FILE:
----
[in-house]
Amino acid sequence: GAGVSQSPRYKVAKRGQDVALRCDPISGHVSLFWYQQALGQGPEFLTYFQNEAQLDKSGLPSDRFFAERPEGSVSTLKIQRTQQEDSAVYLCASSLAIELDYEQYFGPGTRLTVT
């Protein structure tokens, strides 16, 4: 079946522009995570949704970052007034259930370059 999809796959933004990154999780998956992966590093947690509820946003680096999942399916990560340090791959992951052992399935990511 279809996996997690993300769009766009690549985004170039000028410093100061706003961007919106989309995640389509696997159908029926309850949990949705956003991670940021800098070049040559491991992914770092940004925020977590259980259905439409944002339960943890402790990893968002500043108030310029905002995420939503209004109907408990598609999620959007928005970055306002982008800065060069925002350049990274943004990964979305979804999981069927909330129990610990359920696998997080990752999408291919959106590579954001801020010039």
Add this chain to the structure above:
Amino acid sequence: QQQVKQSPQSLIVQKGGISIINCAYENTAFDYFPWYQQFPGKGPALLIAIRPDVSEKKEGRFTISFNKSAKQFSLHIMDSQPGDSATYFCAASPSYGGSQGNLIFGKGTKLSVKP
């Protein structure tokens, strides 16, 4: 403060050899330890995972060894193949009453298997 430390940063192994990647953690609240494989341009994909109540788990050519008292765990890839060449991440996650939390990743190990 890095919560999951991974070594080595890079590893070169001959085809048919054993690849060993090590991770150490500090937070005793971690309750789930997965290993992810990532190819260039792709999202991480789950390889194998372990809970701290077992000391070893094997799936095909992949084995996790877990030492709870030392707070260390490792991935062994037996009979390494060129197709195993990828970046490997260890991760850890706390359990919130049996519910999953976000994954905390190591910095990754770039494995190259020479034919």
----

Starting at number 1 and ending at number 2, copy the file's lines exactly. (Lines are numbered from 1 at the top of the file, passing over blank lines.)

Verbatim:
[in-house]
Amino acid sequence: GAGVSQSPRYKVAKRGQDVALRCDPISGHVSLFWYQQALGQGPEFLTYFQNEAQLDKSGLPSDRFFAERPEGSVSTLKIQRTQQEDSAVYLCASSLAIELDYEQYFGPGTRLTVT